Now Is the Time for Public Relations to Have a Permanent Seat on the Board

About the author

Christine Bowles prepared this article for a CIPR Professional PR Diploma assignment while studying with PR Academy

Photo by Jo_Johnston on Pixabay
Photo by Jo_Johnston on Pixabay
Christine Bowles
Christine Bowles

Edelman’s 2020 Trust Barometer Special Report which polled 12,000 people across the world shows consumers are already changing their buying behaviour as a result of how brands are responding to the Coronavirus (Covid-19) pandemic – 65% who agree “how well a brand responds to the crisis will have a huge impact on my likelihood to buy that brand in the future” and 37%  who agree “I have already started using a new brand because of the innovative or compassionate way they have responded to the virus outbreak” (2020).

The pandemic has made senior leaders more aware of brand, employee relations, crisis management and strategic communications. Now is the time for public relations to have a permanent seat on the board. 

Professionalising the Profession 

The UK’s professional body is the Chartered Institute of Public Relations (CIPR). The Institute has nearly 10,000 members as of March 2021. The top two challenges facing the public relations profession are the value placed on practitioners’ work as reflected in the under representation at board level and how others view the profession, resulting in it not being seen as a professional discipline (CIPR Annual State of the Profession Report, 2019).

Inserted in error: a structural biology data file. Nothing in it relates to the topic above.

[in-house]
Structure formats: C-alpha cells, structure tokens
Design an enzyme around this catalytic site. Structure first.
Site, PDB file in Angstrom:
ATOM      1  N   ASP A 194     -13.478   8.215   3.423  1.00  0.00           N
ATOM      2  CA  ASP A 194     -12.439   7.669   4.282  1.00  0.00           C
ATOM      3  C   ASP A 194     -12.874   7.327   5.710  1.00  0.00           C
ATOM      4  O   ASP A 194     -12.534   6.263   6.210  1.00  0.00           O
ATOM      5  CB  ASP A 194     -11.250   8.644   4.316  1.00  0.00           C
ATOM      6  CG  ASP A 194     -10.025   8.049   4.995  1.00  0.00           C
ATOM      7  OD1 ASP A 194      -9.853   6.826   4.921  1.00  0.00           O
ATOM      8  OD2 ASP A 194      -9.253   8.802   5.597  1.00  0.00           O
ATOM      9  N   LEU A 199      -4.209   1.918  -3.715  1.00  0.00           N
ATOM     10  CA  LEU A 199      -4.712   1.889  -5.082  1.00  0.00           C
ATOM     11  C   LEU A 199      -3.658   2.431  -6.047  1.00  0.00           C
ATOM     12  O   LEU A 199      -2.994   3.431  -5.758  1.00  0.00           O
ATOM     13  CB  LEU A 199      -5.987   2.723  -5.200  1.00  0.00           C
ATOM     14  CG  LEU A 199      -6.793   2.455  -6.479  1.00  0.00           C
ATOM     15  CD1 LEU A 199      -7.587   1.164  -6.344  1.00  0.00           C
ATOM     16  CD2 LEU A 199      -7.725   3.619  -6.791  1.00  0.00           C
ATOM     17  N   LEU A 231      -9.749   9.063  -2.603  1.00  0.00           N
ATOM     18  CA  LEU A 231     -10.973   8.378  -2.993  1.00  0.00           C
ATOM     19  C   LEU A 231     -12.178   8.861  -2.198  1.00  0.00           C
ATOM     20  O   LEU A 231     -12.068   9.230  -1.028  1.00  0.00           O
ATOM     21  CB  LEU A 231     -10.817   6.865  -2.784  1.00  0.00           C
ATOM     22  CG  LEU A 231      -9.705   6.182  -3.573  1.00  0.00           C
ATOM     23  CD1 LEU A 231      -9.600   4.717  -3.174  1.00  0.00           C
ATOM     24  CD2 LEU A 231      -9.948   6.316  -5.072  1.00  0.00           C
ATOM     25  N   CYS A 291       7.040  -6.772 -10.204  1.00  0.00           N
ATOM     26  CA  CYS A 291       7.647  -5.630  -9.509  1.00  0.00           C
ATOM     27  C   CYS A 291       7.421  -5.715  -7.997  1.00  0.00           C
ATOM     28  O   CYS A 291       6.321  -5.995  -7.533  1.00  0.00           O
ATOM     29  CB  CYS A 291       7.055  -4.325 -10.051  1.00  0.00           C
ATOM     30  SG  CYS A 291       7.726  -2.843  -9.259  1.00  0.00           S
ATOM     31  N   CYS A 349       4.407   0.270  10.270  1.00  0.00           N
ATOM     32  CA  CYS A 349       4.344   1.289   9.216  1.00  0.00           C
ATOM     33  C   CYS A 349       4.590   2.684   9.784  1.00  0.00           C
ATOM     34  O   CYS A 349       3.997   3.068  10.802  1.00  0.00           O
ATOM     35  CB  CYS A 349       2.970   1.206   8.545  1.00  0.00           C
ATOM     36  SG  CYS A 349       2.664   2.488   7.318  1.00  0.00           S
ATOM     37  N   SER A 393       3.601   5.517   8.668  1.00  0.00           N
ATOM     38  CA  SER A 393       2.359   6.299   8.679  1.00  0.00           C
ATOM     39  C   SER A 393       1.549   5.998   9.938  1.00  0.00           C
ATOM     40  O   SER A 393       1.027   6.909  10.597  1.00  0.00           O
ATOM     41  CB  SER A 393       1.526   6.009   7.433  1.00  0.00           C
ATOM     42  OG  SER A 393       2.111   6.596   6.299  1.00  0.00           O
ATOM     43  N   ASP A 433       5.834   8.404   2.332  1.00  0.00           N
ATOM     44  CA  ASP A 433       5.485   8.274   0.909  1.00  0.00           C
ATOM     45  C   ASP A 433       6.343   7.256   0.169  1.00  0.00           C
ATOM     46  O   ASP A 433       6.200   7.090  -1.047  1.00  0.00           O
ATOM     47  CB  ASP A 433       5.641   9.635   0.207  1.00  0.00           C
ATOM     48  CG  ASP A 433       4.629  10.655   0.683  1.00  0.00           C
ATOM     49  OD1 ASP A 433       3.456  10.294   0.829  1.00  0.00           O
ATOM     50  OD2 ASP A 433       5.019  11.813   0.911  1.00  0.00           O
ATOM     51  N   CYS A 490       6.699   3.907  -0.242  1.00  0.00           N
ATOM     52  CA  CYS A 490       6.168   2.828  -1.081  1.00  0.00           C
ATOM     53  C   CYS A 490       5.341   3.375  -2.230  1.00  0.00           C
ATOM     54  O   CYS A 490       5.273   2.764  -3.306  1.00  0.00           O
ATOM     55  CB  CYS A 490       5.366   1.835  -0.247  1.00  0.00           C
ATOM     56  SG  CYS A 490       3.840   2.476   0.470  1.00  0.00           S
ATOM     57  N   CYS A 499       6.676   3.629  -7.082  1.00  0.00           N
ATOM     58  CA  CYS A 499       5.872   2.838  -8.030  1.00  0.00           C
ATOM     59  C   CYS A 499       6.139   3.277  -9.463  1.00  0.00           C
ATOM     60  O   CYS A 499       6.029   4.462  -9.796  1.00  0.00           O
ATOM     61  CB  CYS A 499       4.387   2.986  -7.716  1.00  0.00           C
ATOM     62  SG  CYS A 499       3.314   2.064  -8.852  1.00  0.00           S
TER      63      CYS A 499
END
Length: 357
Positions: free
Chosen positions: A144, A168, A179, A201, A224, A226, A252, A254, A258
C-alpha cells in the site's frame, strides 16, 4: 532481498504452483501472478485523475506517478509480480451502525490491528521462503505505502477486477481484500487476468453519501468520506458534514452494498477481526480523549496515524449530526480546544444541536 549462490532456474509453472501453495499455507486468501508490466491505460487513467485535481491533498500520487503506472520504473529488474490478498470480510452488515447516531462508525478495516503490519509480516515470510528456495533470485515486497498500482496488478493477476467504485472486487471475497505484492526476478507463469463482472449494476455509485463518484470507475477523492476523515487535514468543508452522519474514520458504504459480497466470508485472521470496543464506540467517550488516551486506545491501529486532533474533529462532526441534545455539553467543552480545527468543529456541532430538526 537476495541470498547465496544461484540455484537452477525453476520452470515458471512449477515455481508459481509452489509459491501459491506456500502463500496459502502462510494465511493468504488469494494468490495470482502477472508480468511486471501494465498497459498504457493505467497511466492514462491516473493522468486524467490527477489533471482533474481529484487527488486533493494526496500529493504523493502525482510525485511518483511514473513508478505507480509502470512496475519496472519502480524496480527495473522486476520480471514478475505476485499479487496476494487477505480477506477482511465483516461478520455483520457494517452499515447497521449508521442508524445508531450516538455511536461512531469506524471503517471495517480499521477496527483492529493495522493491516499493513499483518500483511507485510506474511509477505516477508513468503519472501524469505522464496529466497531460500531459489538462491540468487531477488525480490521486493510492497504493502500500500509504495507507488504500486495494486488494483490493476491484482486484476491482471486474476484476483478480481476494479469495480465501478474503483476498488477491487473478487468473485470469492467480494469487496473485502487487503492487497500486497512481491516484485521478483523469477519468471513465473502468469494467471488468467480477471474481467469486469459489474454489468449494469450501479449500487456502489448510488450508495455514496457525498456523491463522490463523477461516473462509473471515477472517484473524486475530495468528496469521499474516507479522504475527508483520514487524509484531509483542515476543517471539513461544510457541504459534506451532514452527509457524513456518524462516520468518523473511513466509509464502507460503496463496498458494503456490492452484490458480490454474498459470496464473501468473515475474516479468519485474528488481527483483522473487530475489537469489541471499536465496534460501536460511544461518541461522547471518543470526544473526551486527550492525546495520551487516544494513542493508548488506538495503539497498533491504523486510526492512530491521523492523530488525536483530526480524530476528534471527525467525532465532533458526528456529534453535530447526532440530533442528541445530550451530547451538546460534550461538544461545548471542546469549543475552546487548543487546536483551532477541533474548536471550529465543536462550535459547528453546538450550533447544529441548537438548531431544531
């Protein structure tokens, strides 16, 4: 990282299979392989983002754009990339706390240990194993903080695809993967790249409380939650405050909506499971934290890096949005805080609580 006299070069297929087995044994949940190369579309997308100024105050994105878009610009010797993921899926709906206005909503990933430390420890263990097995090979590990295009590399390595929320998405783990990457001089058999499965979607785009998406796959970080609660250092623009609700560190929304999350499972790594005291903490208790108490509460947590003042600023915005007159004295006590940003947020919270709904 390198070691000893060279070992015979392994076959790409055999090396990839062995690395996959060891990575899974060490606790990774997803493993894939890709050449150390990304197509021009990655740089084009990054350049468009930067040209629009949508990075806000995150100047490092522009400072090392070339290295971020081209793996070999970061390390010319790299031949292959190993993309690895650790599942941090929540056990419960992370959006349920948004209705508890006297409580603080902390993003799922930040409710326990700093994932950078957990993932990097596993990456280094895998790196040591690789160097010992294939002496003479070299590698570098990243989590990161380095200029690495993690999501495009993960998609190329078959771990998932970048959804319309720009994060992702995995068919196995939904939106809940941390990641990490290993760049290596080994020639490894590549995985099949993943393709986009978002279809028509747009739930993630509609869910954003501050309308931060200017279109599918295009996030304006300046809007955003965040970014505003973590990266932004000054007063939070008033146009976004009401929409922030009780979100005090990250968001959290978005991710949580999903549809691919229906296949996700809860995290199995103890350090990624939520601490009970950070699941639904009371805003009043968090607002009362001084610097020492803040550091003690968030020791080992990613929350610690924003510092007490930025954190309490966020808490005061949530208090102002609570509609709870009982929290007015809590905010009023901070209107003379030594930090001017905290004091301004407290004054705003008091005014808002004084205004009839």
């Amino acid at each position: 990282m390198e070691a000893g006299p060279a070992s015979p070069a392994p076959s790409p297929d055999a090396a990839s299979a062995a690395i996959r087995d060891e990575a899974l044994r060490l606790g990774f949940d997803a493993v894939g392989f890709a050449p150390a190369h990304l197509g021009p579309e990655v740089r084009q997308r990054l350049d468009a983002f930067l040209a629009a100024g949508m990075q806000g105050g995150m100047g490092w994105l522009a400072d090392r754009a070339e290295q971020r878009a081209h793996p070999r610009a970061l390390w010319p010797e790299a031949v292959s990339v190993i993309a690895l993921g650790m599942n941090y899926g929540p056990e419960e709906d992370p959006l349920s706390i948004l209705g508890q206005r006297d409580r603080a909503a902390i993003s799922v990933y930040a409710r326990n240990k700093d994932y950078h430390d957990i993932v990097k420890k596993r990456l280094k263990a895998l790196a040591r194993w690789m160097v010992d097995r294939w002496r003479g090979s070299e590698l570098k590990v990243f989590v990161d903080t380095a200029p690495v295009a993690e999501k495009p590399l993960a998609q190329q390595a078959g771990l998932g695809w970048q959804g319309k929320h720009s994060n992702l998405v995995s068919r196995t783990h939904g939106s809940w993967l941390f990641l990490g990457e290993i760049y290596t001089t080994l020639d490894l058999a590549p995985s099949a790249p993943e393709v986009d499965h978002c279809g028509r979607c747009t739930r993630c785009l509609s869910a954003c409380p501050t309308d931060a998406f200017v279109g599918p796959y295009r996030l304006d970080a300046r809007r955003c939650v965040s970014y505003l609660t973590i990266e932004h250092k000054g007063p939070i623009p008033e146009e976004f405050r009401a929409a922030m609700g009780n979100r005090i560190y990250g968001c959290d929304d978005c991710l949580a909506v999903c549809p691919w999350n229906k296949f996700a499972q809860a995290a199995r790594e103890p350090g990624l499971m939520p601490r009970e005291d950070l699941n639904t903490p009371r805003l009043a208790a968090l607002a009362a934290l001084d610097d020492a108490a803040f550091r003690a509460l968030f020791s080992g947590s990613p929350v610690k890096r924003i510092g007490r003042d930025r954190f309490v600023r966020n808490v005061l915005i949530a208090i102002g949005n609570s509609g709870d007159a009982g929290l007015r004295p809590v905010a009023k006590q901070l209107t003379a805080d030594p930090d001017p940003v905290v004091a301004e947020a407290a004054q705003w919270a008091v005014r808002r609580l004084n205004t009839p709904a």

These same two issues have been in the top 5 of the annual report since it was first commissioned in 2010 and they are clearly linked. In Chartered Status and Public Relations’ Struggle for Legitimacy Gregory talks of the Department for Education and Skills challenging the CIPR’s application for Chartership in 2005 because of a lack of education, training and ethical standards as reflected in low levels of membership and professional development commitment, noting that these challenges still remain (2013). 

The assessment for CIPR Chartership covers ethics, strategy, and leadership and at the time of writing (March 2021), there were 400 Chartered PR Practitioners. This contrasts with over 3,000 Chartered Marketers in March 2019 (CIM) and is roundly eclipsed by 152,997 practising solicitors as of February 2021 (SRA), and more than 150,000 Chartered Accountants worldwide as of March 2021 (ICAEW). 

Whilst other professions strive for the highest level of achievement, in the public relations profession it still must be an important marker career-wise and a measure of professional legitimacy. The irony is not lost on Gregory as she notes other disciplines such as management consultancy are moving into the public relations space, not because of their expertise but because they are often attached to professional services firms who have achieved social closure and legitimacy, and therefore board acceptance (2013). There has, however, been an increase in Chartership interest. A new PDF on the website launched in September 2018 achieved 12,000 downloads and those already chartered are a strong advocacy body (Gregory, 2013).  2019 saw a 26% increase in the number of students completing CIPR qualifications at 2,241 (CIPR Annual Report, 2019-20). There were also 1,401 Accredited Practitioners, the second highest level of professional accreditation and therefore huge potential to convert onto the Chartership scheme (Gregory, 2013).